Sarah Davies is Professor of Technology, Material and Digital Culture at the University of Vienna, and conducts research into areas such as the role of science communication in society. She begun her academic career with a bachelor’s degree in biochemistry, but was never very happy with the practical work in the laboratory.
“I then did a course in science communication, and fell in love. I really like to put research and science into a larger context.”
This also became her research focus after her master’s and doctoral education in science communication.
Take a step back and see the whole
When you are communicating science, there is usually a target group and a purpose, such as arranging an event for secondary school pupils to recruit future students. Sarah Davies wants to encourage all who spend time communicating science to take a step back and reflect on the importance of what they are doing.
“We should think further than just this specific goal, and look at the importance of science and research in society in a larger perspective. Through science communication, we can contribute to creating the society we want to live in, and an event for secondary school pupils also contributes to shaping the future.”
She also emphasises that those who focus on communicating science should also be proud of their work.
“Communicating science contributes to democracy.”
Different formats and forums
Sarah Davies recently conducted an interview study to investigate why researchers and science communication professionals themselves consider that their discipline and practical work is important.
Among the answers was that the general public, which contributes to funding large parts of the research via tax, is entitled to find out where their money is going. Other answers included that well-informed citizens are able to make better decisions, and that research may benefit from interactions with different interest groups.
“What surprised me was that many perceived science communication that is used for marketing, to build up the brand of a university, as something negative.”
According to Sarah Davies, it was not as simple as a certain type of science communication being good or bad.
“Each way of communicating is if anything part of an eco-system, where different formats and forums are needed.”
She mentions, as an example, that many now consider that dialogue is the best form of communication.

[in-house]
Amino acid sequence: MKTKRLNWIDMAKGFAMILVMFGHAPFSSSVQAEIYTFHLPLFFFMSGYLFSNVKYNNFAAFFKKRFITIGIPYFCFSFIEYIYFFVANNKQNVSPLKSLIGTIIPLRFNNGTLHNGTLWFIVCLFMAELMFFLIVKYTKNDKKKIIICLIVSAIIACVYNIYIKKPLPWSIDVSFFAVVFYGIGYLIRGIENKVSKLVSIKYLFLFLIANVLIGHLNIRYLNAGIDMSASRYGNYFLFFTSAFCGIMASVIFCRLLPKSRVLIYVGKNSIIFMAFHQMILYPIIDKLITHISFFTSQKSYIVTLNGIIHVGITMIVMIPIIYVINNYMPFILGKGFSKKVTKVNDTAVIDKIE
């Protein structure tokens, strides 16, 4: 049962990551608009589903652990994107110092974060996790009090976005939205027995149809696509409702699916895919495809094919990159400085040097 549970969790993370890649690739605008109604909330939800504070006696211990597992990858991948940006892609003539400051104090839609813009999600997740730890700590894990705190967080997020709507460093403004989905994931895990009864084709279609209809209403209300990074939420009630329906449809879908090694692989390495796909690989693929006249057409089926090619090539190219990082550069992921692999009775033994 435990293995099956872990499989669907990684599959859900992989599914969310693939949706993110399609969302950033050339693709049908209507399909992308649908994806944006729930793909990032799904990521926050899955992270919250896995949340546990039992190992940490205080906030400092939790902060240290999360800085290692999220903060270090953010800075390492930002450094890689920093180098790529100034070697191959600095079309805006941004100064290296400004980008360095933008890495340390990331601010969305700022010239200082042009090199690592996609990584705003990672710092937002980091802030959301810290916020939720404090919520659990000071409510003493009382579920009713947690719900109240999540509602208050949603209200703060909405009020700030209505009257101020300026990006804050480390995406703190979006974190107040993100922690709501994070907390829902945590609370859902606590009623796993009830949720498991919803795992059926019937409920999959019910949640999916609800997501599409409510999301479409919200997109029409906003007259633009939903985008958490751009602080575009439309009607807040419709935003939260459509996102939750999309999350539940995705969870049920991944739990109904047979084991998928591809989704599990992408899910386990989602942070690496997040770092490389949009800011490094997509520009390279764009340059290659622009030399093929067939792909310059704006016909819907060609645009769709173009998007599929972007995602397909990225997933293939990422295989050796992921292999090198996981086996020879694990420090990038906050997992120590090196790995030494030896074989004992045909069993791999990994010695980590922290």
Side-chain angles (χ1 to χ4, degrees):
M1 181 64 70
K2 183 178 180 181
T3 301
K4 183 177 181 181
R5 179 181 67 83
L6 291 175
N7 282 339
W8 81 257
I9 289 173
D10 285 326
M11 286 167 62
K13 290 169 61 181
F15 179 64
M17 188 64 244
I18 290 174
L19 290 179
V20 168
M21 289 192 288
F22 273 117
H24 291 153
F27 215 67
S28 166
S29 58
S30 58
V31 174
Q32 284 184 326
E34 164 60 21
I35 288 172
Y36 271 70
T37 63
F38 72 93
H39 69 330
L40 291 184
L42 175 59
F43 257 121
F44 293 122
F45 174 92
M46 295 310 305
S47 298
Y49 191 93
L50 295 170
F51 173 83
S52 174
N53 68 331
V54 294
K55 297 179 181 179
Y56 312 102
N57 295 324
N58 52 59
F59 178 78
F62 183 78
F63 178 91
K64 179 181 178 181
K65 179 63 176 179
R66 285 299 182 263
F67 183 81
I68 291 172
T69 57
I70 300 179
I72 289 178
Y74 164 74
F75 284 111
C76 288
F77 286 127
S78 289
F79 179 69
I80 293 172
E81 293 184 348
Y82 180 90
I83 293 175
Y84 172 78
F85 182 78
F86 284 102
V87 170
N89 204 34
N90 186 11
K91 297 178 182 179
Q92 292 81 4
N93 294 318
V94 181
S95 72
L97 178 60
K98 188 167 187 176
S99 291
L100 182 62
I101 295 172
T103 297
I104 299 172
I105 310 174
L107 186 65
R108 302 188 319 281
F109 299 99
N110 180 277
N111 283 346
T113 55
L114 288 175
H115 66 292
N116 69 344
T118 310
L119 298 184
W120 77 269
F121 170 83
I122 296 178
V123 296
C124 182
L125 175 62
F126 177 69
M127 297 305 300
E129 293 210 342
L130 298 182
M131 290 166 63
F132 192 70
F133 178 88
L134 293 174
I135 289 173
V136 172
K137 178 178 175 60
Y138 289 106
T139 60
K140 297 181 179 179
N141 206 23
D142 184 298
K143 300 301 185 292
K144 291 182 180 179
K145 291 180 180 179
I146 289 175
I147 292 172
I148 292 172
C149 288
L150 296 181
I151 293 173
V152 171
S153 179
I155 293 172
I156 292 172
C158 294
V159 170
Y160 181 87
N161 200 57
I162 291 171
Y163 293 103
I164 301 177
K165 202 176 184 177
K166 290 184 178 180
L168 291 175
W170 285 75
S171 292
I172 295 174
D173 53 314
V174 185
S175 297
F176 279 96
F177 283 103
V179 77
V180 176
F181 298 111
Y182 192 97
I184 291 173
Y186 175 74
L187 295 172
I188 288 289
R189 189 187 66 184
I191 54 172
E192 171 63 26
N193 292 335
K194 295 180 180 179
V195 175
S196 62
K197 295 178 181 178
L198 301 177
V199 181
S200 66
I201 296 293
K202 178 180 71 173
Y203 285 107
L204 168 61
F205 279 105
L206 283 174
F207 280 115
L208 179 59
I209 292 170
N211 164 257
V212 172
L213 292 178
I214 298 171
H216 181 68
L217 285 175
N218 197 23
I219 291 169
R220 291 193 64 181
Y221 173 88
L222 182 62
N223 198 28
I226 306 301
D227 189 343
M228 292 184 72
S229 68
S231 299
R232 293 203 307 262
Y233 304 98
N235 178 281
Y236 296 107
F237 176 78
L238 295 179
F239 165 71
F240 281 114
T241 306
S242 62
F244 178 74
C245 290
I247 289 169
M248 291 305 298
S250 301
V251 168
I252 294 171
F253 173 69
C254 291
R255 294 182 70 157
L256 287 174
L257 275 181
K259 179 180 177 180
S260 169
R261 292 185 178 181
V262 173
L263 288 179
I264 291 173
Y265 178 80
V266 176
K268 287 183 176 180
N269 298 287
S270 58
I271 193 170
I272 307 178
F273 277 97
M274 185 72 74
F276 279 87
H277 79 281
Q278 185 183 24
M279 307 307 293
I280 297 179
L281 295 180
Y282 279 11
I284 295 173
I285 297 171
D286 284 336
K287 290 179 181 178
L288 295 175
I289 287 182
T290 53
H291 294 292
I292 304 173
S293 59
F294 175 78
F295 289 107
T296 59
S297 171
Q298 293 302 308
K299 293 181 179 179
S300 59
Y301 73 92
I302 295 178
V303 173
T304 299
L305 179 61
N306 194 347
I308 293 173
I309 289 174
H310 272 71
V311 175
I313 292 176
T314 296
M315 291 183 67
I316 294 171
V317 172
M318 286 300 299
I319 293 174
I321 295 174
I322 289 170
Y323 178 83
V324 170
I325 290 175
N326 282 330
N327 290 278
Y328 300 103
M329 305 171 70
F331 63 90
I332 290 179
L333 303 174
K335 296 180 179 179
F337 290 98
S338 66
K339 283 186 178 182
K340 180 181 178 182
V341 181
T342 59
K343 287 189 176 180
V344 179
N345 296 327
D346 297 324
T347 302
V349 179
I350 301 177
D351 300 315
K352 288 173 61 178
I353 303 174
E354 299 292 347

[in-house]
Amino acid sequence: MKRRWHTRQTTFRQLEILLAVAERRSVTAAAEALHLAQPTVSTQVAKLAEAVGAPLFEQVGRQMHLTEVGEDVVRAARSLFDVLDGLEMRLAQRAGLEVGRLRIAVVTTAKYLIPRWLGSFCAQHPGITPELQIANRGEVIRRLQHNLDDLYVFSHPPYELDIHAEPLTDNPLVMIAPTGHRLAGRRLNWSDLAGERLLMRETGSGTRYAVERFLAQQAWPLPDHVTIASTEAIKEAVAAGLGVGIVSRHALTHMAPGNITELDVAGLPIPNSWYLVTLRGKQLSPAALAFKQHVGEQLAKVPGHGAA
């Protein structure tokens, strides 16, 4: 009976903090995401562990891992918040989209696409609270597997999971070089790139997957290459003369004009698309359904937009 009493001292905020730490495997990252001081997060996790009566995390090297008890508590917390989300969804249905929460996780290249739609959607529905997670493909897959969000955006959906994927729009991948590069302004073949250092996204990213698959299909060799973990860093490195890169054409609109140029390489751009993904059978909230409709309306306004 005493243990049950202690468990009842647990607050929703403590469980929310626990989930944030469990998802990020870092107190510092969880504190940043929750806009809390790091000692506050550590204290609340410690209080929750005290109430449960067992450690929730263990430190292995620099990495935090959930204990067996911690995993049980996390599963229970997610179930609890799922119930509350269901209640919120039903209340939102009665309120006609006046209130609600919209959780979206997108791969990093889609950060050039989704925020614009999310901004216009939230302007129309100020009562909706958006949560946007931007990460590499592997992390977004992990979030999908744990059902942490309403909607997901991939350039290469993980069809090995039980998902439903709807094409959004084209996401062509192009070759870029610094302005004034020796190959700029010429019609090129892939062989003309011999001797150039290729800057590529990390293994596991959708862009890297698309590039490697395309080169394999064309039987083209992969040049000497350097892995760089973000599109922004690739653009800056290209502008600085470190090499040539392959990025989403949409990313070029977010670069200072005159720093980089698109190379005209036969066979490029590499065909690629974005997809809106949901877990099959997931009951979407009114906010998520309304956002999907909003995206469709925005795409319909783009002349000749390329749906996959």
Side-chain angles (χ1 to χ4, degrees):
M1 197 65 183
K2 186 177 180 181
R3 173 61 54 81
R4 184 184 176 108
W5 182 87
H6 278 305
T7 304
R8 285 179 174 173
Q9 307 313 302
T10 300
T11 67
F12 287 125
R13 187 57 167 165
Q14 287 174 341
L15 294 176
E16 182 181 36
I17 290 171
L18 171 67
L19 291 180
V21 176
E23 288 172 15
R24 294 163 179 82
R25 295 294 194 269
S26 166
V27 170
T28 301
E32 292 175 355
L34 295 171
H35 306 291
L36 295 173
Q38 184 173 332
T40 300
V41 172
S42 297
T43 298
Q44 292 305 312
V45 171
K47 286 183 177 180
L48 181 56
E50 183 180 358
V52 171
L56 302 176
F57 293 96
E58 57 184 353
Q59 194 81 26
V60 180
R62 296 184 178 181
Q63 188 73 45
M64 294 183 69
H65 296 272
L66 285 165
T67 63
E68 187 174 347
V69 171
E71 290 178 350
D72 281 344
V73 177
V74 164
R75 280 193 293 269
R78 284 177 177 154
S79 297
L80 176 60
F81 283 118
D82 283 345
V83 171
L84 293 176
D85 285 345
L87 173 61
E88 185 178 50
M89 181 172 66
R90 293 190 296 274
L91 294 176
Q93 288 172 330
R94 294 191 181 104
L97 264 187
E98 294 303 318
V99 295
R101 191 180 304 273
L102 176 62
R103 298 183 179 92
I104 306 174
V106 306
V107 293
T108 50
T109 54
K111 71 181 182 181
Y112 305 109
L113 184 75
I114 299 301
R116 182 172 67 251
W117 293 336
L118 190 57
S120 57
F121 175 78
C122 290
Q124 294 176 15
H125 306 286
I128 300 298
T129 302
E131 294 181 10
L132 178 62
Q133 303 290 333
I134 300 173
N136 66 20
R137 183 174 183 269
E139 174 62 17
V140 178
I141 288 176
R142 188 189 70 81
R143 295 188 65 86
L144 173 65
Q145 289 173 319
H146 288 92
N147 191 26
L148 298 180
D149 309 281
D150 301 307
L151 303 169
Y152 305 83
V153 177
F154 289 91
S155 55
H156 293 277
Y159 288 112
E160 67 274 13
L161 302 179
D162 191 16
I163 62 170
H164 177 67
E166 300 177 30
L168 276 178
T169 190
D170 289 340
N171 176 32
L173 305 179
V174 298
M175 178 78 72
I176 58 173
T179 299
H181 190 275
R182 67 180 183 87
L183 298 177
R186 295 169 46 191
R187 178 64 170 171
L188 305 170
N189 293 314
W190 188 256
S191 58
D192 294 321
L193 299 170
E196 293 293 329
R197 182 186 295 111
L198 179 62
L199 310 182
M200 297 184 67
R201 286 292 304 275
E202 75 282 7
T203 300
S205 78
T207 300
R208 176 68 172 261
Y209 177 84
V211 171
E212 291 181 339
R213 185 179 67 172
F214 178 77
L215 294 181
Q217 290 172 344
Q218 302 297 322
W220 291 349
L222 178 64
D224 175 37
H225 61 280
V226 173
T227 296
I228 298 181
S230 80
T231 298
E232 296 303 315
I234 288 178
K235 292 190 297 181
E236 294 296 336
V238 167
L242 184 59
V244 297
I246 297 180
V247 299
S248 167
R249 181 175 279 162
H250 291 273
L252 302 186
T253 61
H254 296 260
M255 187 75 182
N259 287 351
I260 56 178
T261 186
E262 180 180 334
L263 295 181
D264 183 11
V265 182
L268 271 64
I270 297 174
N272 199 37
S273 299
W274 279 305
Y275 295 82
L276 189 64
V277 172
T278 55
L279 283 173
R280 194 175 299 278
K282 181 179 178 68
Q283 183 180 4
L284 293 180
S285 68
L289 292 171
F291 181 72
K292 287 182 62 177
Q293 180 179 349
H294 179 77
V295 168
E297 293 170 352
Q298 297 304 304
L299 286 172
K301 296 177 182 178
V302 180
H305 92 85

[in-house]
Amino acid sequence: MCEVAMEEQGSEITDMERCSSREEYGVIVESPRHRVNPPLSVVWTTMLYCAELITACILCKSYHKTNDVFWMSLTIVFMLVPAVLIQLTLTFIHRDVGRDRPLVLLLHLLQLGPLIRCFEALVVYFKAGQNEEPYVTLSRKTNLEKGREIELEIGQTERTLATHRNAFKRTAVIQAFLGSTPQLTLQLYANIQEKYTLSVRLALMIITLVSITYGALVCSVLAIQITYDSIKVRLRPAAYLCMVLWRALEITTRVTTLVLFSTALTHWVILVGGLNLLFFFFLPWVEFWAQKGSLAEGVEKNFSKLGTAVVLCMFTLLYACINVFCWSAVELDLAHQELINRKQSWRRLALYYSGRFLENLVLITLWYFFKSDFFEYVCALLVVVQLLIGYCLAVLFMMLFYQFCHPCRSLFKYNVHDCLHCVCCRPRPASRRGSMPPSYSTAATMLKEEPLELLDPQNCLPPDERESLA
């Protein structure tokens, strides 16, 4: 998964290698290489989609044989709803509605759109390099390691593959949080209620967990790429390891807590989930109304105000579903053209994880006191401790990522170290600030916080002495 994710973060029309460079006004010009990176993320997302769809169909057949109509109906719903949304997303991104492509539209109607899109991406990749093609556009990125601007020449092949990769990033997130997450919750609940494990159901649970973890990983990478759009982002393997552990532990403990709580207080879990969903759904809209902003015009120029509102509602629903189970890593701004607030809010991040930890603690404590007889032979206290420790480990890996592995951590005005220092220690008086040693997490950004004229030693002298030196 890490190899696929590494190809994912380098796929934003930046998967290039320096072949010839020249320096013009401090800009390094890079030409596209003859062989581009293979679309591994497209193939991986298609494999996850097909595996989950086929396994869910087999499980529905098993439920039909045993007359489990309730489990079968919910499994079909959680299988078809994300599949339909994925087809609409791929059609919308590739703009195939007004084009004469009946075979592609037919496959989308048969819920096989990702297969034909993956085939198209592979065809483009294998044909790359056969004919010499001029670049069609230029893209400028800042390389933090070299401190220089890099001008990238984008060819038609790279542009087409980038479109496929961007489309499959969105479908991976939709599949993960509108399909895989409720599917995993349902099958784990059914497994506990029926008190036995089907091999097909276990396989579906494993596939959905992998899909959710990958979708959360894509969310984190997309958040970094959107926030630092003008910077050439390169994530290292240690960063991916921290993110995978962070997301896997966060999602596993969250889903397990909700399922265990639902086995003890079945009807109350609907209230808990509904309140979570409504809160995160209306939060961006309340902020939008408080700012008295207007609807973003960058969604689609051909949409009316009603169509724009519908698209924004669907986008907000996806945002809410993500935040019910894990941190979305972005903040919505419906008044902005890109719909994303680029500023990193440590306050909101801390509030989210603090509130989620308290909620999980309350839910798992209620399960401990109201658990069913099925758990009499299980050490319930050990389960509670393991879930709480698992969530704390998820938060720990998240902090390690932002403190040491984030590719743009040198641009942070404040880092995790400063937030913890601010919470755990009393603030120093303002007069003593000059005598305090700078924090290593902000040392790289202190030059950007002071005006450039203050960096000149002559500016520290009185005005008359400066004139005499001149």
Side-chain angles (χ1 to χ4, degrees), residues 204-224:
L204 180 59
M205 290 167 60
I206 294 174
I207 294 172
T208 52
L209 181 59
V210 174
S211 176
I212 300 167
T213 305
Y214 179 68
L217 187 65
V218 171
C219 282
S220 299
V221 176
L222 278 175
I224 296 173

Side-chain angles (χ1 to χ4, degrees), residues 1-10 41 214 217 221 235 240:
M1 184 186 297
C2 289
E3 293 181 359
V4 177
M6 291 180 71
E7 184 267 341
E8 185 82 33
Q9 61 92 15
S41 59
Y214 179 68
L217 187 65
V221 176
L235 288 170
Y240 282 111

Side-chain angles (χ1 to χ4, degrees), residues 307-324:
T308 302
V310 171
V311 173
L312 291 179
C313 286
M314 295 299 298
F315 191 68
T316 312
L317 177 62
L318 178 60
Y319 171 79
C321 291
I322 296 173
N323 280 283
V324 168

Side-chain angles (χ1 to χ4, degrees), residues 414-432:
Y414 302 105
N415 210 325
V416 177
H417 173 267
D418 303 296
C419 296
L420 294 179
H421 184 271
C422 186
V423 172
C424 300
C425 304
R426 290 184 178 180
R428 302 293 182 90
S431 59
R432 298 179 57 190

“There is quite clearly great value in dialogue, for example for getting feedback from different interest groups, and for identifying different problems. But this doesn’t mean that the classic lecture, which can be considered as one-way communication, has no value to society. You can, quite simply, be interested in a subject and want to obtain more knowledge about it.”
For this, public lectures, video clips on YouTube, or newer forums, such as TikTok, can fill an important function, she thinks.
“It’s about recognising and utilising diversity in research communication.”
Creative formats during the pandemic
Sarah Davies is also involved in QUEST (Quality and Effectiveness in Science and Technology Communication). This is a major European project, aimed at improving the quality and impact of science communication. One of its tasks is to develop indicators for quality and guidelines for practical applications.
“Before the pandemic, there was a feeling that traditional journalism was about to collapse, and that science communicators needed to reflect on their roles.”
Then the need for science communication became very clear during the pandemic; not least to provide information about vaccinations.
The pandemic also forced many who work with science communication to reconsider, as physical events, such as science festivals, moved onto the internet.
“This gave rise to a lot of creativity and experimentation with different formats, and that is exciting,” says Sarah Davies.
Footnote: On 14 April 2021, Sarah Davies participated in Forum för Forskningskommunikation with a lecture on “The value of science communication in society”.